The idea has drawn howls of protest from critics who see it as a federal intrusion into state water law and administration. But Fort, a member of the National Research Council's Water, Science and Technology Board, disagrees.

"We're not talking about broader federal powers," she said. "What we're attempting to do is address the complaint, which was voiced so often, of too many federal agencies that are ill-coordinated and sometimes contradictory. If that's the problem, the answer is to bring them together in some visible setting where they have to coordinate."

You can see democracy bubbling up, too, challenging the oligarchy of traditional water use, the monopoly of state and federal decision-making. The Henry's Fork Watershed Council in Idaho and the Walker Lake Working Group in Nevada are two of many examples. There are more players at the table. There are trout fishermen, river rafters, university professors, stream restoration specialists, Indian tribes, booming Western cities - as well as farmers, power companies and engineers. By proxy, there are razorback suckers, cutthroat trout, cottonwood trees, whole aquatic ecosystems. And everyone, everything, is thirsty. Water in the West has looked at this - and pronounced it good.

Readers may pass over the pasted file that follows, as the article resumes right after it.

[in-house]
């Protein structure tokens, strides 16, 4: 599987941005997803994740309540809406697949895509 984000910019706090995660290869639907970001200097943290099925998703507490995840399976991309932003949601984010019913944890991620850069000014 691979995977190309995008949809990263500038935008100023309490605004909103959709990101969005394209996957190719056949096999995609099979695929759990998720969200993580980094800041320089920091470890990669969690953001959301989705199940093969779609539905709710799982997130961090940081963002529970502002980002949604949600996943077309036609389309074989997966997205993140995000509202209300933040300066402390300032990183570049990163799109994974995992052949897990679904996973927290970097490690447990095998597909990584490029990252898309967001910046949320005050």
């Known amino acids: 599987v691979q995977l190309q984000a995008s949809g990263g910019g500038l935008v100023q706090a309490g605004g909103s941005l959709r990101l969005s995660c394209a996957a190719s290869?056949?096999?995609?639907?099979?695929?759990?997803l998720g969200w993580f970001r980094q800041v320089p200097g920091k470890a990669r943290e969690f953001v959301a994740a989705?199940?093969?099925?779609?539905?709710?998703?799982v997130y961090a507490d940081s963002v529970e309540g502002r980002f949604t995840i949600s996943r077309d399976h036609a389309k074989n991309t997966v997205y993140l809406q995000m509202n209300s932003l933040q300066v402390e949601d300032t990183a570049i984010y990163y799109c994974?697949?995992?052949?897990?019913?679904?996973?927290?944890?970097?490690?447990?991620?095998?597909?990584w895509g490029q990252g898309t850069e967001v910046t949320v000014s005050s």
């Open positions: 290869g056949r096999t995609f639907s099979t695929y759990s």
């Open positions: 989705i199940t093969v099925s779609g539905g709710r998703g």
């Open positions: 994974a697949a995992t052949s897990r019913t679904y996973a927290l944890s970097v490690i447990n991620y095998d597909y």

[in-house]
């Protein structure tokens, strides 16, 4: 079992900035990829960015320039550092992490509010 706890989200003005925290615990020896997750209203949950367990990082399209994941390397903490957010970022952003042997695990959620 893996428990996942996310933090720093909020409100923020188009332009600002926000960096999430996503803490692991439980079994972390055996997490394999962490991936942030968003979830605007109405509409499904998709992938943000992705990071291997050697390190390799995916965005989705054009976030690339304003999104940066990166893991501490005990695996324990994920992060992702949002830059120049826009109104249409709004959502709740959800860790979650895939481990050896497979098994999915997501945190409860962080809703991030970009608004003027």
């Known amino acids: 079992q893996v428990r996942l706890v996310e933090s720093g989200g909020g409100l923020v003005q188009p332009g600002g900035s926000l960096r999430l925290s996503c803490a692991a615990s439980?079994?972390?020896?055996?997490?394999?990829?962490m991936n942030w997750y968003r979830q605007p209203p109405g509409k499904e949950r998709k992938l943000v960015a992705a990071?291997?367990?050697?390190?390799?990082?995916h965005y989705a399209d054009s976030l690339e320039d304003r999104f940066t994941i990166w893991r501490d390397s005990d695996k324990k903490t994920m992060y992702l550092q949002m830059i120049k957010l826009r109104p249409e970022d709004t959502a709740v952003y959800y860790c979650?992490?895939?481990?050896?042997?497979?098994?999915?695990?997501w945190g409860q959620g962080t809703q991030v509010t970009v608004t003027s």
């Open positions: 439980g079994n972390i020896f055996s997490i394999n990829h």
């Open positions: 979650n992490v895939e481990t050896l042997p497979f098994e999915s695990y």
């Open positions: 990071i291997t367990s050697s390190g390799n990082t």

"To accept local participation is not simply to engage in a democratic exercise," the report says, "but to recognize the need for sustainable local economies and energetic stakeholder consensus to replace frustration and dissension. ... From the bottom up, the new federal challenge will be to effectively participate with local stakeholders through watershed groups and watershed councils."

But as the number of players increases, the stakes get higher. Decisions get tougher. Selling agricultural water to cities means drying up some farms, shrinking rural economies.

Sending Colorado water to Nebraska for sandhill cranes means less water for Colorado squawfish.

Deregulating the utility industry means less money for hydropower - and less environmental mitigation. Water in the West recognizes this, too. But alas, it has no miracle cure.

The sobering truth is that no panacea exists, the report says. Rapidly growing demands on Western water resources continue to pose a formidable challenge to our capacity for institutional change:

"There will be fewer truly win-win solutions in the future. Instead, we seek solutions that equitably share the burden and minimize social disruption."


Tom Knudson is a two-time Pultizer Prize winning journalist, western water user and special assistant to U.S. Secretary of Interior Bruce Babbitt. The opinions expressed in this article are his own.

Copies of the report should be available by mid-August from the Western Water Policy Review Advisory Commission, P.O. Box 25007, Denver, CO 80225-007. It can be seen July 1 at www.den.doi.gov/wwprac/. The report is free and there are no restrictions on its reproduction.